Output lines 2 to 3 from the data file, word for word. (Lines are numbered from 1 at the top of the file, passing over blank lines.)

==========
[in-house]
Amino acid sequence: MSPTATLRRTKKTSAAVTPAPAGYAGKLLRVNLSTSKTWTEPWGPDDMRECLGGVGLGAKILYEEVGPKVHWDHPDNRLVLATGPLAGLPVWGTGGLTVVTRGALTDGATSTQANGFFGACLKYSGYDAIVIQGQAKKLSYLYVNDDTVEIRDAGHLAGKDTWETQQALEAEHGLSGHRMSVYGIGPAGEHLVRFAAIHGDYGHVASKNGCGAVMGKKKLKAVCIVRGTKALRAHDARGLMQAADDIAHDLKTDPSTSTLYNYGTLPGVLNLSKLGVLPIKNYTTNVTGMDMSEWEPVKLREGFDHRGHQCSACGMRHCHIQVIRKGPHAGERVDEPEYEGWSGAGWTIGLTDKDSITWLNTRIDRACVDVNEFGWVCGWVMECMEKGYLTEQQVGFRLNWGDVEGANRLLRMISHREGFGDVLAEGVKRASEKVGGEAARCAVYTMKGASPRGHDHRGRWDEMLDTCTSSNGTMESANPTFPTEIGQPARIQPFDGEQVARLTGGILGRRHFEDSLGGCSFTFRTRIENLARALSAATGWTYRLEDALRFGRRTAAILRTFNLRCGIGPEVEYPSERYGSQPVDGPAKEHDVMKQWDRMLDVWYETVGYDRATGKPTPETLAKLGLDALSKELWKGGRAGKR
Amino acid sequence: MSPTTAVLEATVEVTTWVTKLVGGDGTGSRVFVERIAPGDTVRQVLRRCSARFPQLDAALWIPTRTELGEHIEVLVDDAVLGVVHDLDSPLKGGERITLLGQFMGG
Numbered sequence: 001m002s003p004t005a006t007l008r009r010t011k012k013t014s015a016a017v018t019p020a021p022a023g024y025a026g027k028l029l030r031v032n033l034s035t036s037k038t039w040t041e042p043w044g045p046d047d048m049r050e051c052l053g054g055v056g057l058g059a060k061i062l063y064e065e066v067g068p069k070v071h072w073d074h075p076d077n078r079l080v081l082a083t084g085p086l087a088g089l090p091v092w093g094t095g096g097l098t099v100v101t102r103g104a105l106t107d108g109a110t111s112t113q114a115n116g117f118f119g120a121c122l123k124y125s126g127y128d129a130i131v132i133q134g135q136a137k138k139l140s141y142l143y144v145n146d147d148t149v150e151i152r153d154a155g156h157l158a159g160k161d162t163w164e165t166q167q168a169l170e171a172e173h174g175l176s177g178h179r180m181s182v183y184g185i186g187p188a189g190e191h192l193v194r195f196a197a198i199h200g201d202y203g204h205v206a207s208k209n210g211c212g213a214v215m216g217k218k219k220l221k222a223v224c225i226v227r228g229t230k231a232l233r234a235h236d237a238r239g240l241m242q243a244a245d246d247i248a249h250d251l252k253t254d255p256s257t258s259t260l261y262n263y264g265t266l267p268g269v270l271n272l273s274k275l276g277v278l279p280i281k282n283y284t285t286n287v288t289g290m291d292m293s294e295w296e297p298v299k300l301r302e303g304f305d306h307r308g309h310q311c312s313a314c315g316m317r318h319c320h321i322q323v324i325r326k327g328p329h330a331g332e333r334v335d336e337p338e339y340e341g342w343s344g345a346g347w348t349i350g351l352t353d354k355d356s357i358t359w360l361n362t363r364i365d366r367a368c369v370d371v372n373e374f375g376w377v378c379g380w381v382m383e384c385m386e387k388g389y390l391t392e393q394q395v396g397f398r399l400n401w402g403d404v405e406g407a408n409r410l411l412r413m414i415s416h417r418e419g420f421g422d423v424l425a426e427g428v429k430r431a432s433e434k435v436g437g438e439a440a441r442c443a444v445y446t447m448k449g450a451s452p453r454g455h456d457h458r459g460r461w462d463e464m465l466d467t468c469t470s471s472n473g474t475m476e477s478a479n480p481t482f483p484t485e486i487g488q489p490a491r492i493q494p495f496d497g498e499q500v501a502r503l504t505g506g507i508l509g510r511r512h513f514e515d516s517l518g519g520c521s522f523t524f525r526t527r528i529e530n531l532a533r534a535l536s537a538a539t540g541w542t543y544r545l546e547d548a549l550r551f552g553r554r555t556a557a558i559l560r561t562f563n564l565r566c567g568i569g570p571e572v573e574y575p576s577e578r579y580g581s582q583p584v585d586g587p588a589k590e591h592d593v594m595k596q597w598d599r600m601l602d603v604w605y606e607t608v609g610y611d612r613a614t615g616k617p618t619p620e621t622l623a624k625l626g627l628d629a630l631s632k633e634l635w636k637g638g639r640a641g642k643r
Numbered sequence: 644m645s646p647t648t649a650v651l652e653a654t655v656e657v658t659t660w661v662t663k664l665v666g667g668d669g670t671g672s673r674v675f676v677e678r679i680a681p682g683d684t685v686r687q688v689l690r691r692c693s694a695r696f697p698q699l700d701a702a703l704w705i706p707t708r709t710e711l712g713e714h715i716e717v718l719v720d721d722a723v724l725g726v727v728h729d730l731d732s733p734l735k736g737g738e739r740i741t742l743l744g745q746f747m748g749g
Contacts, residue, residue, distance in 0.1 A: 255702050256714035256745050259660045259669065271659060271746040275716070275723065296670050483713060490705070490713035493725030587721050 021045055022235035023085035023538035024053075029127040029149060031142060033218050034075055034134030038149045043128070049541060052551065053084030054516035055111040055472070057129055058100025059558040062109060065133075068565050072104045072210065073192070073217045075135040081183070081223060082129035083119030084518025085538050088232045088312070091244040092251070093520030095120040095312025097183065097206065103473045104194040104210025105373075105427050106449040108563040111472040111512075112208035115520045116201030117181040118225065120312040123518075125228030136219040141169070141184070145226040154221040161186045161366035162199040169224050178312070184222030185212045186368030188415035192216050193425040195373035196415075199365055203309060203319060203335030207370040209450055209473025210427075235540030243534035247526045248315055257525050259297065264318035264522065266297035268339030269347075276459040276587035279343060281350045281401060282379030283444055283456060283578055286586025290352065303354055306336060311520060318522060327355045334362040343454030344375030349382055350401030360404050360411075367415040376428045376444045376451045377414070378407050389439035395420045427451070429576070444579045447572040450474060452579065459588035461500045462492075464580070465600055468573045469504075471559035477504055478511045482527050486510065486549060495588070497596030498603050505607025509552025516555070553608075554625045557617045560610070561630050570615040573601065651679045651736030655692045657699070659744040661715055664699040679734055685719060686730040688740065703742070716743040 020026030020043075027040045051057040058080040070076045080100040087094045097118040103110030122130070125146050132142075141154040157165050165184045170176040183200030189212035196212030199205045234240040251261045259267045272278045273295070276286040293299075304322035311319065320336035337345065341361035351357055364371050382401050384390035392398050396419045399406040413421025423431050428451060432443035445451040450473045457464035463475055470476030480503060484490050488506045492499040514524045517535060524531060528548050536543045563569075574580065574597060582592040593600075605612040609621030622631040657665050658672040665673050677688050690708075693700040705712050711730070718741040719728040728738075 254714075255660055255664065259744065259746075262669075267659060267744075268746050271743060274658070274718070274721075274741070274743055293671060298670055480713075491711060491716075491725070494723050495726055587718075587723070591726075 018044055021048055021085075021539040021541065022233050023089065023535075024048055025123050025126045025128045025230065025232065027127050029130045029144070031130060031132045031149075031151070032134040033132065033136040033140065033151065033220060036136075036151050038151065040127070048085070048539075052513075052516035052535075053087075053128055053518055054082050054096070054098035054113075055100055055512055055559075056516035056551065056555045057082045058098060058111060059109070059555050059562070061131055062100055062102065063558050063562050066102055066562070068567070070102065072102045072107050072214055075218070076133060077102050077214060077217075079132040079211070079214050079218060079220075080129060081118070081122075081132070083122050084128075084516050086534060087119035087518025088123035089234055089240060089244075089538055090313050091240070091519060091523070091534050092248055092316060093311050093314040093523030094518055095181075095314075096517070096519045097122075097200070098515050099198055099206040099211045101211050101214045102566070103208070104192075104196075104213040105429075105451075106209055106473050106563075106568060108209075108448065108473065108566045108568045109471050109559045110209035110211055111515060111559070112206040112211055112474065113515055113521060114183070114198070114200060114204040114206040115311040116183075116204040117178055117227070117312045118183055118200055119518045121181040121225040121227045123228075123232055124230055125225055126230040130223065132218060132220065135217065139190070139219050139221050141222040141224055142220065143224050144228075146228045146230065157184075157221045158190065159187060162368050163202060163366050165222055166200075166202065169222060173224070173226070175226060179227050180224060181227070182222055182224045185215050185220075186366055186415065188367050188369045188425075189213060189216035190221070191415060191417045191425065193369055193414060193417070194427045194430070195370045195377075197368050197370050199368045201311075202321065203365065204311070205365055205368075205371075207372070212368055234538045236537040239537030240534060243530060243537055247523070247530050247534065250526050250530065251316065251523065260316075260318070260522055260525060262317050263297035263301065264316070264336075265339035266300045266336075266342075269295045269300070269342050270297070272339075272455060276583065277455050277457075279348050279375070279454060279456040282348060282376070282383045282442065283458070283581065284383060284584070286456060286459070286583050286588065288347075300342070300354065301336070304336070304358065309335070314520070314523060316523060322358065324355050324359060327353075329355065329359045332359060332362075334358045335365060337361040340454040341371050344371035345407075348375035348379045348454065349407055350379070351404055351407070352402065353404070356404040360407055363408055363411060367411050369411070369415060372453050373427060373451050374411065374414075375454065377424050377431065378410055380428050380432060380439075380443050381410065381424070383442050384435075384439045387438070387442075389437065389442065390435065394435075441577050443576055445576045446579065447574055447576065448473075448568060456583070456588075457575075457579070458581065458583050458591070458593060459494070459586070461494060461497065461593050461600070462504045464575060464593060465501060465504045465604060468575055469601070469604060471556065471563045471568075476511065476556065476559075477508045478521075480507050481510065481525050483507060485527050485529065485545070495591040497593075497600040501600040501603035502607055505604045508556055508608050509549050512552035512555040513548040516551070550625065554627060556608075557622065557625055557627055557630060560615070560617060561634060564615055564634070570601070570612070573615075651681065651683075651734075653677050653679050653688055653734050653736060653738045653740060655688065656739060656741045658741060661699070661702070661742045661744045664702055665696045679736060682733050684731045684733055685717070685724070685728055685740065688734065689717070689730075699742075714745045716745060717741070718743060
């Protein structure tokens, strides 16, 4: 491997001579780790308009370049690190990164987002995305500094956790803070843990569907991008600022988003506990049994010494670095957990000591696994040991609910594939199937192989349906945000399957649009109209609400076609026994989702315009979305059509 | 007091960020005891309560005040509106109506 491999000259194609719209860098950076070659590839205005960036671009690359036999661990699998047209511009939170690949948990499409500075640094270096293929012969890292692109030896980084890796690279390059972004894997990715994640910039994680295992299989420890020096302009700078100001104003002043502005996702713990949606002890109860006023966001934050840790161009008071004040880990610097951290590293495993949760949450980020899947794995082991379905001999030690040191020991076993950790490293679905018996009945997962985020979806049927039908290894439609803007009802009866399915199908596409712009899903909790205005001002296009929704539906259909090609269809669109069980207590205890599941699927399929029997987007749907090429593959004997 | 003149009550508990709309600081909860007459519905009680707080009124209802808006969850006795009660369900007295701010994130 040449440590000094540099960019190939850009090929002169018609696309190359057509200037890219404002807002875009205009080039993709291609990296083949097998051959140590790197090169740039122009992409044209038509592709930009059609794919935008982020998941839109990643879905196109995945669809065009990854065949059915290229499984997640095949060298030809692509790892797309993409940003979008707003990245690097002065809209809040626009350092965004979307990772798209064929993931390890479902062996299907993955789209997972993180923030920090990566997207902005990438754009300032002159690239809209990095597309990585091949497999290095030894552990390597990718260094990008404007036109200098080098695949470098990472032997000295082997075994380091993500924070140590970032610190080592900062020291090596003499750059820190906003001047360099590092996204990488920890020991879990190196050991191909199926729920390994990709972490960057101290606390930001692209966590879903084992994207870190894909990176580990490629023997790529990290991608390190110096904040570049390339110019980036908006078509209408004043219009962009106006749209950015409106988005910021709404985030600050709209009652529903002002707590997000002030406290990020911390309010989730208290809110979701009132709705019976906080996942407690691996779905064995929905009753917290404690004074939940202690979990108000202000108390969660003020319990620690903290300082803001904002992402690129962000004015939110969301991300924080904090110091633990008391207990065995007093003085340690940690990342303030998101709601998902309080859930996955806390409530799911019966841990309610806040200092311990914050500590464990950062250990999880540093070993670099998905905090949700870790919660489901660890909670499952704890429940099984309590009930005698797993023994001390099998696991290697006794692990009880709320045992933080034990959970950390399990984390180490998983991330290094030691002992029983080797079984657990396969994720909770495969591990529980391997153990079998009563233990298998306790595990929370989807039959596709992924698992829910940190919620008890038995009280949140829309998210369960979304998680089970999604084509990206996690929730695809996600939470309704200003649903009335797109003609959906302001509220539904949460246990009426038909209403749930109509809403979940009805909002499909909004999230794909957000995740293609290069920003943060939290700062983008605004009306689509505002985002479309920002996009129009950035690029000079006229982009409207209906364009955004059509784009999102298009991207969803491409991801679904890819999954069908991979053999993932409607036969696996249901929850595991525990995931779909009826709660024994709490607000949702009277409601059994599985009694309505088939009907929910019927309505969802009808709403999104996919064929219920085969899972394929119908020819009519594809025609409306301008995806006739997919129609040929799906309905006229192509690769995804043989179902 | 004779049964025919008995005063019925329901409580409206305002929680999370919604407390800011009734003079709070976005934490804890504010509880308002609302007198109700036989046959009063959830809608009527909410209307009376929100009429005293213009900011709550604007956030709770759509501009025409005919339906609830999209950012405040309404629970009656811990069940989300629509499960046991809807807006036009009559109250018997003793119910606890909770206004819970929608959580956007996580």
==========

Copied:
Amino acid sequence: MSPTATLRRTKKTSAAVTPAPAGYAGKLLRVNLSTSKTWTEPWGPDDMRECLGGVGLGAKILYEEVGPKVHWDHPDNRLVLATGPLAGLPVWGTGGLTVVTRGALTDGATSTQANGFFGACLKYSGYDAIVIQGQAKKLSYLYVNDDTVEIRDAGHLAGKDTWETQQALEAEHGLSGHRMSVYGIGPAGEHLVRFAAIHGDYGHVASKNGCGAVMGKKKLKAVCIVRGTKALRAHDARGLMQAADDIAHDLKTDPSTSTLYNYGTLPGVLNLSKLGVLPIKNYTTNVTGMDMSEWEPVKLREGFDHRGHQCSACGMRHCHIQVIRKGPHAGERVDEPEYEGWSGAGWTIGLTDKDSITWLNTRIDRACVDVNEFGWVCGWVMECMEKGYLTEQQVGFRLNWGDVEGANRLLRMISHREGFGDVLAEGVKRASEKVGGEAARCAVYTMKGASPRGHDHRGRWDEMLDTCTSSNGTMESANPTFPTEIGQPARIQPFDGEQVARLTGGILGRRHFEDSLGGCSFTFRTRIENLARALSAATGWTYRLEDALRFGRRTAAILRTFNLRCGIGPEVEYPSERYGSQPVDGPAKEHDVMKQWDRMLDVWYETVGYDRATGKPTPETLAKLGLDALSKELWKGGRAGKR
Amino acid sequence: MSPTTAVLEATVEVTTWVTKLVGGDGTGSRVFVERIAPGDTVRQVLRRCSARFPQLDAALWIPTRTELGEHIEVLVDDAVLGVVHDLDSPLKGGERITLLGQFMGG